In Kenya, devolution is interrupting monitoring and evaluation
Kenya in 2013 formally decentralized a series of governance responsibilities to its 47 counties, including the provision of health care. But while the original goal of devolution was to improve efficiency in service delivery and permit greater ownership and engagement at the local level, in the health sector this has not translated as well as anticipated. Rather, devolution has caused major interruptions in the supply chain and in the collection of data against health indicators which could suggest an impact on the programs paid for with Global Fund grants.
In 2014, this translated into a major stockout of first-line TB drugs at county level. Without clear directives from the Ministry of Health, the county governors used the funds that would have been spent on these drugs for other things. After exhausting the national reserve, Kenya was forced to make an emergency request for a loan of drugs from Malawi, and had to ask the Global Drug Facility for assistance to procure the equivalent of a year’s supply – worth some $8 million.
According to John Ochero, portfolio manager at the Global Fund for Kenya, a series of measures have been taken to ensure this problem does not reoccur.
“For Global Fund grant funds, procurement will continue being done centrally as it was before – i.e. through the appointed Procurement entity / agent (KEMSA) so there will be no adverse effect,” he told Aidspan. “Implementation of the other areas (HSS, etc.) will follow the same principle: working through the MoH and the health departments of the counties directly without the funds flowing through the county accounts. So we have no risks anticipated in the short run.”
His optimism, however, is not shared by everyone.
“If devolution has an impact on the health system as a whole, it also has an impact on the Global Fund programs,” said Nelson Otuoma, executive director of the Nephak network of people living with HIV, which is a civil society representative on the Kenyan CCM.
To see whether Otuoma’s concerns were well-founded, the KCM carried out a series of field visits in May and June, which included stops in the western counties of Homa Bay and Vihiga. The oversight committee produced a report, a copy of which was shared confidentially with Aidspan, that noted stockouts in a number of the 16 facilities visited.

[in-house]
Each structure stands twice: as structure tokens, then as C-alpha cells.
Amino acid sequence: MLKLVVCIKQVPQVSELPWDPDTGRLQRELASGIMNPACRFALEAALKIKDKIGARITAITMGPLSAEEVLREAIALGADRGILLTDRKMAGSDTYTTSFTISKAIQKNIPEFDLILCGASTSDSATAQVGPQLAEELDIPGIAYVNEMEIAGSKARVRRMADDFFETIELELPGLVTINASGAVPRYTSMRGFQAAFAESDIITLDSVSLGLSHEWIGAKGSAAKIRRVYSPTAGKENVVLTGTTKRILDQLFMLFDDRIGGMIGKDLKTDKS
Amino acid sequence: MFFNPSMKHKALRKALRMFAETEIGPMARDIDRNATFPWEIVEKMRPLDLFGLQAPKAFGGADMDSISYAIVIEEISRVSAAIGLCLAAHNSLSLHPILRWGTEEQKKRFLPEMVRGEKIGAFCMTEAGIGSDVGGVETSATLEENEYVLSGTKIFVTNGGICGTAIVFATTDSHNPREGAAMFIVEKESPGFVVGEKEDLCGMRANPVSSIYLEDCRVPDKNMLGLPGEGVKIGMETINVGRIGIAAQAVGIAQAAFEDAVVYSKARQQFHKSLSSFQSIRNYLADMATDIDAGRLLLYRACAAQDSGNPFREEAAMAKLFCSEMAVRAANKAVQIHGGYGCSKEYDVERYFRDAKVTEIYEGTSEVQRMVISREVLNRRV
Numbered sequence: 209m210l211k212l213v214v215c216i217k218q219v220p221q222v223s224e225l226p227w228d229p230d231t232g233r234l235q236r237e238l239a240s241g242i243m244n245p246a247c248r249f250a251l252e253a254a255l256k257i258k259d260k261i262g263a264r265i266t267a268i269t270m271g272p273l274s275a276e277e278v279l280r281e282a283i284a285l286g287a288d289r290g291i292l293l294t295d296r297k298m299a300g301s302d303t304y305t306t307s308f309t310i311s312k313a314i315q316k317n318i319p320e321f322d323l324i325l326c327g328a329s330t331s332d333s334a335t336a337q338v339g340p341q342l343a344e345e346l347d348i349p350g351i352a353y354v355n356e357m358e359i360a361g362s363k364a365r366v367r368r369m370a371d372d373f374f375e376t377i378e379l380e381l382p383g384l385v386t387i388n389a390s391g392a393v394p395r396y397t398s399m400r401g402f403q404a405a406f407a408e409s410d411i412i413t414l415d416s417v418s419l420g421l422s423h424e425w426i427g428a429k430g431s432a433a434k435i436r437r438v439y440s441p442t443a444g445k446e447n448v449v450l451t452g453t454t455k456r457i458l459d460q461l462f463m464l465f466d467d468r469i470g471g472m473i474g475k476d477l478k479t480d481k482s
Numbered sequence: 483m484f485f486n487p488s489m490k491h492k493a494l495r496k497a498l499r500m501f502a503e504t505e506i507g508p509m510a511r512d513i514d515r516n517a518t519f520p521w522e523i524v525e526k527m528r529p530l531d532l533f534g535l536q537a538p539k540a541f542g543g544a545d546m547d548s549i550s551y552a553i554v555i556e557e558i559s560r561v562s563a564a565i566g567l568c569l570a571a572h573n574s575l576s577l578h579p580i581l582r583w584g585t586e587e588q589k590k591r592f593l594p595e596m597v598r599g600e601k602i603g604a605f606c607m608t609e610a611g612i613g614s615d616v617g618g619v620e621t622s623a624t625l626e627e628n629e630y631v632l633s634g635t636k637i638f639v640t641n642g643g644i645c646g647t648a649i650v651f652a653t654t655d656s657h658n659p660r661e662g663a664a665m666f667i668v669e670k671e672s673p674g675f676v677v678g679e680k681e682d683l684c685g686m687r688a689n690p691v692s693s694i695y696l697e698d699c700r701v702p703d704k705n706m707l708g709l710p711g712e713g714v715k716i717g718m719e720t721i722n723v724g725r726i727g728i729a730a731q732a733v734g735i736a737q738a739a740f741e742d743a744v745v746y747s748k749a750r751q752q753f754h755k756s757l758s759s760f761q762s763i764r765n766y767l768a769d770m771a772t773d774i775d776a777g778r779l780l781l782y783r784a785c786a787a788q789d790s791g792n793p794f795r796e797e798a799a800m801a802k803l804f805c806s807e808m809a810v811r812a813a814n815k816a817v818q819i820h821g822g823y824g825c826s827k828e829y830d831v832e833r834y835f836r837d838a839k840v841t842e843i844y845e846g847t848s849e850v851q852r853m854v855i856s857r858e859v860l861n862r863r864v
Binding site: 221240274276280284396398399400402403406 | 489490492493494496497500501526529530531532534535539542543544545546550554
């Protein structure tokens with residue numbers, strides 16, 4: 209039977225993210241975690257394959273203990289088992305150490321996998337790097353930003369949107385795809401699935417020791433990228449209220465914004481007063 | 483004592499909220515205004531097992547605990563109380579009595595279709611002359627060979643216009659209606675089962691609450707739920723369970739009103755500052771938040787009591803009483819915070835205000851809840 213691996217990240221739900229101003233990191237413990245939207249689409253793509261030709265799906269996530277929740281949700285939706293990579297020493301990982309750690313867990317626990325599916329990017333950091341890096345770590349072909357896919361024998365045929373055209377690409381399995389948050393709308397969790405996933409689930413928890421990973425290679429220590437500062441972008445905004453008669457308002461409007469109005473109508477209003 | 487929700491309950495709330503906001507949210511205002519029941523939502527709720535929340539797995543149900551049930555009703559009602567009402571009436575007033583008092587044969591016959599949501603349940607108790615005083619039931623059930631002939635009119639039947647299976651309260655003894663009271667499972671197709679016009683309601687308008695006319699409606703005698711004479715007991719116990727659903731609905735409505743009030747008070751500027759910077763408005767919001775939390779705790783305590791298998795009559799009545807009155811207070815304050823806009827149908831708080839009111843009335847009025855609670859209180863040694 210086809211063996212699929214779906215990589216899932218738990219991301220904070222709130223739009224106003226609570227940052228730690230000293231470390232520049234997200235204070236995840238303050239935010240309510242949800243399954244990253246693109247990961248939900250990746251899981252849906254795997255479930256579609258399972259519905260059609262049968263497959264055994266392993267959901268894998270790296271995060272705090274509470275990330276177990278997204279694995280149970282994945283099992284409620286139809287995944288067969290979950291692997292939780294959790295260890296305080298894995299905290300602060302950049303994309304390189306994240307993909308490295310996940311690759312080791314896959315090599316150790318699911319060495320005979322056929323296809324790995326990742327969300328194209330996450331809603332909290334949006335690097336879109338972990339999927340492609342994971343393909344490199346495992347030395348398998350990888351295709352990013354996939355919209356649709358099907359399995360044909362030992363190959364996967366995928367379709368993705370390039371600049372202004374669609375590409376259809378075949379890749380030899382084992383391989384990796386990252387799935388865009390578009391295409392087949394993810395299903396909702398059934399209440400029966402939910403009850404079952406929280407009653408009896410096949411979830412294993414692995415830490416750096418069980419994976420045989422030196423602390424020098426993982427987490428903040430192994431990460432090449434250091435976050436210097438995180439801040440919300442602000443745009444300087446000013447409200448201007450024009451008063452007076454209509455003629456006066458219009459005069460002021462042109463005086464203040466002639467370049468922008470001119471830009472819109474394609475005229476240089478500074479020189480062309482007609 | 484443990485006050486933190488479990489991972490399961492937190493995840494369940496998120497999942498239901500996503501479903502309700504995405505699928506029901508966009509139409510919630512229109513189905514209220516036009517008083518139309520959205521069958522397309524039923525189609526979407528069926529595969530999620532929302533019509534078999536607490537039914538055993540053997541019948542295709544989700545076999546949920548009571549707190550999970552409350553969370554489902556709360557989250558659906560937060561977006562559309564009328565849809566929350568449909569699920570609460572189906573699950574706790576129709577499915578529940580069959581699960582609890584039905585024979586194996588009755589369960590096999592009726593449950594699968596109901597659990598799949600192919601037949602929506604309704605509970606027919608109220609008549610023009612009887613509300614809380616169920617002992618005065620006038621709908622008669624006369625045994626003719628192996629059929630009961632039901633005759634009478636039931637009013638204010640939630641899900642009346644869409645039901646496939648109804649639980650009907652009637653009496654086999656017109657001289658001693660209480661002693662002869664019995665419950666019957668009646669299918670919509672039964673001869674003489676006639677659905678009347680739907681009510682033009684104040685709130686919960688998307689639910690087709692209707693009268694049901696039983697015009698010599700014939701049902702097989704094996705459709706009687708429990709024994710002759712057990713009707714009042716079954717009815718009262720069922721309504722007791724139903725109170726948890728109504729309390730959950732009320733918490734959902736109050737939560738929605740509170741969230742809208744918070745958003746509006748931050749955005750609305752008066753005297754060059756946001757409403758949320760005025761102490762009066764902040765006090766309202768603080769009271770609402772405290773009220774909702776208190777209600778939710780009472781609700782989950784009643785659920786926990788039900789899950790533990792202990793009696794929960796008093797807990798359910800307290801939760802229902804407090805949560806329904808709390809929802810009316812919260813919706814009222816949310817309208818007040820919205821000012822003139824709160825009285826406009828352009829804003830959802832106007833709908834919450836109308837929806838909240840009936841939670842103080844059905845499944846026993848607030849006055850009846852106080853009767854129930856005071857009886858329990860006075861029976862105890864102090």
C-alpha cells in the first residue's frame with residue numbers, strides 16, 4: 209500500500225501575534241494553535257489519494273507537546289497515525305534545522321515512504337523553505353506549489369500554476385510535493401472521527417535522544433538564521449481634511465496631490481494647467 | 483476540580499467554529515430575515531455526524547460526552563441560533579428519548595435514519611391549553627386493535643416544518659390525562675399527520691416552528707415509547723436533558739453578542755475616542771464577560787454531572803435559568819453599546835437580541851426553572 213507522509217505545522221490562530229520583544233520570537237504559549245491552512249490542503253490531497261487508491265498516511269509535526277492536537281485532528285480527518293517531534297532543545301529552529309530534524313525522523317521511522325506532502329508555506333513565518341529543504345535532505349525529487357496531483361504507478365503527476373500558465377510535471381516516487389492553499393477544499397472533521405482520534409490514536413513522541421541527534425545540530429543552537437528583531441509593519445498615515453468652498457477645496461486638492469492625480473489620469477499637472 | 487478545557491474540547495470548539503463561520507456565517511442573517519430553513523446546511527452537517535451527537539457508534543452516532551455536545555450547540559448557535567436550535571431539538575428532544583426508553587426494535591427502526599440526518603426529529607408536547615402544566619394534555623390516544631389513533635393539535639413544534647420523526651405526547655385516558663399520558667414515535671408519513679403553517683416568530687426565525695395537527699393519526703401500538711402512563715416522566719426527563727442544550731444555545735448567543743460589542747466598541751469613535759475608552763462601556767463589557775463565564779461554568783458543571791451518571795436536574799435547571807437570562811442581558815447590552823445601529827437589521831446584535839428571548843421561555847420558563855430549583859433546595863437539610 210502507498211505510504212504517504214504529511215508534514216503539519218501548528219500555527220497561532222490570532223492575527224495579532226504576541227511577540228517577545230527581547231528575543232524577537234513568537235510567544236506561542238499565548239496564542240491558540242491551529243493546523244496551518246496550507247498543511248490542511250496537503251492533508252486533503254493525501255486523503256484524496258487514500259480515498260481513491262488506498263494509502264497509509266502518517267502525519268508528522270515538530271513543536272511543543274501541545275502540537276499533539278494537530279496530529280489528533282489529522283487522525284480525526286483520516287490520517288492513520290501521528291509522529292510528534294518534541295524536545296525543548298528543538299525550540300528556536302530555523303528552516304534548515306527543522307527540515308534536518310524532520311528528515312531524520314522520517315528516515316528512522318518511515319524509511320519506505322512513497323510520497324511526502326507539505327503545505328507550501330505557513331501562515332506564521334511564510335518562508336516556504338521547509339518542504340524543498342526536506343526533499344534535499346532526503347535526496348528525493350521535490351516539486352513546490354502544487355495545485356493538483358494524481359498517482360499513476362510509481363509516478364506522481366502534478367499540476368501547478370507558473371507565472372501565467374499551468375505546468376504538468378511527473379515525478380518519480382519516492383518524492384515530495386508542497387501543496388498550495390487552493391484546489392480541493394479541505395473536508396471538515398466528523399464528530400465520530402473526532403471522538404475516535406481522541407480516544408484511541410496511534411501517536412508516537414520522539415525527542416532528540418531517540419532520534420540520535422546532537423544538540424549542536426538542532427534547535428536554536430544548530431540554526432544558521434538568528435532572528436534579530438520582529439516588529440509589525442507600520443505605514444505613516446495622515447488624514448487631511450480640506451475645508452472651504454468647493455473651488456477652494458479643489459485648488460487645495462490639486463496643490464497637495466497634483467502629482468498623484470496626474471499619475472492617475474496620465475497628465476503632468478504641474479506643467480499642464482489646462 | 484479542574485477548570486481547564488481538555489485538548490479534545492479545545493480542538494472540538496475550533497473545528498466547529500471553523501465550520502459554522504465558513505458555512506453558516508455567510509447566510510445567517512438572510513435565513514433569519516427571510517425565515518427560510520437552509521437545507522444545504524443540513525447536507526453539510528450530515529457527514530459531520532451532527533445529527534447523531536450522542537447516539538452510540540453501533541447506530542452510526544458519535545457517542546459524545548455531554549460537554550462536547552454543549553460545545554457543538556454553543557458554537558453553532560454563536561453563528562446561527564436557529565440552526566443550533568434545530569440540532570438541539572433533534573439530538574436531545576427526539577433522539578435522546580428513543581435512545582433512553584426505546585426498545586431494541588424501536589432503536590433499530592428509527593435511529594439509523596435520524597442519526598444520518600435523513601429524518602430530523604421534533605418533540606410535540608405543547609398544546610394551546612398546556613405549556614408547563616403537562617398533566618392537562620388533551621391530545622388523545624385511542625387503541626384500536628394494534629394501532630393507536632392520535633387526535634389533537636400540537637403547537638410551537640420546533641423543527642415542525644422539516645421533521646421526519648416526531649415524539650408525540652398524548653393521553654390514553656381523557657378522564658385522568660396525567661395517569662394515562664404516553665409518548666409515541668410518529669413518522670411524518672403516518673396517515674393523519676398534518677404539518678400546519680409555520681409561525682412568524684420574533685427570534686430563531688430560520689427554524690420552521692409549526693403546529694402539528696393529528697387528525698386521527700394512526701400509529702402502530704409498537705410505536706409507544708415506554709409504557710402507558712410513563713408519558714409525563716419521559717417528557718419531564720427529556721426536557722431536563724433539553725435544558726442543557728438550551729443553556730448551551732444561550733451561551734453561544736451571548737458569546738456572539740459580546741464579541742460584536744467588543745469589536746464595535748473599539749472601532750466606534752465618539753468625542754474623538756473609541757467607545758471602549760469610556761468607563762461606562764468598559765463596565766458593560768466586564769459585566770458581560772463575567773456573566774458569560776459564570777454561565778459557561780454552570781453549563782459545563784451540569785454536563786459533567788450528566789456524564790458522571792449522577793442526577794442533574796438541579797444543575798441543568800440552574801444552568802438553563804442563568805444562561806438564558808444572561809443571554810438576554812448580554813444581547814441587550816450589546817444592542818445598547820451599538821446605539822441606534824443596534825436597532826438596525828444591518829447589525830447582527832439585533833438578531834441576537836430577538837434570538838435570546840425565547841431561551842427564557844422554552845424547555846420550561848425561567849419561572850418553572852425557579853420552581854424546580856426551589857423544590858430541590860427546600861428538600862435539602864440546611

The report noted that “stockouts of anti-malaria drugs were glaring; in the two counties there was [also] inadequate supply of nutritional supplements and Isoniazid,” a first-line TB drug.
While procurement for anti-malarials is the purview of the central government, county governments must handle any additional stock needs to respond to epidemics or stockouts. The KCM’s report, in noting the stock management challenges, recommended a new strategy to engage with county governments to ensure that capacity and management deficits do not preclude them from engaging in wider discussions about strategic stock management.
Stock management is not just strategic, as the western counties know too well: it’s also sometimes the difference between life and death. More than 40 people died in a malaria epidemic between April and July in Kakamega, just north of Vihiga. Low stock levels in the health centers and public hospitals were blamed for the entirely preventable deaths, according to Evelyn Kibuchi, who leads the Kenya NGO consortium, Kanco.
“The resources are there,” she lamented. “These deaths could have been avoided.”
In the joint HIV/TB concept note submitted by Kenya in early 2015, the need to reinforce pharmacy capacity at the county level, specifically in terms of procurement, was also flagged. Around $180,000 of grant funds will be allocated to improve training in supply chain management to improve the understanding of needs and thus plan better for contingencies and outbreaks. Pharmacies will, going forward, also be invited to quarterly planning meetings to share information on drug stocks, both in terms of needs but also to share some of the challenges they are confronting.
Delays and gaps in monitoring and evaluation of programs
The KCM report also highlighted problems in data collection, monitoring and evaluation. Data collected by community volunteers was “not comprehensively captured in DHIS,” the report found.
Bernard Langat, head of the Global Fund program at the Finance Ministry (the Global Fund PR) also flagged this as a particularly critical issue.
“The biggest problem is the delay in reporting, and incomplete data” related primarily to stock usage, he told Aidspan. “If you don’t know what you consume it’s difficult to give a supply based in reality on the ground. You have to use historical data which doesn’t show the reality.”
The problem, according to Peter Messoh, a finance officer in the Health Ministry, is the failure by a number of counties to even create their own M&E departments. Even in those counties with an M&E department, reporting is ongoing – but at a glacial pace.
“And this has an impact on the results reported by the government to the Global Fund,” he said.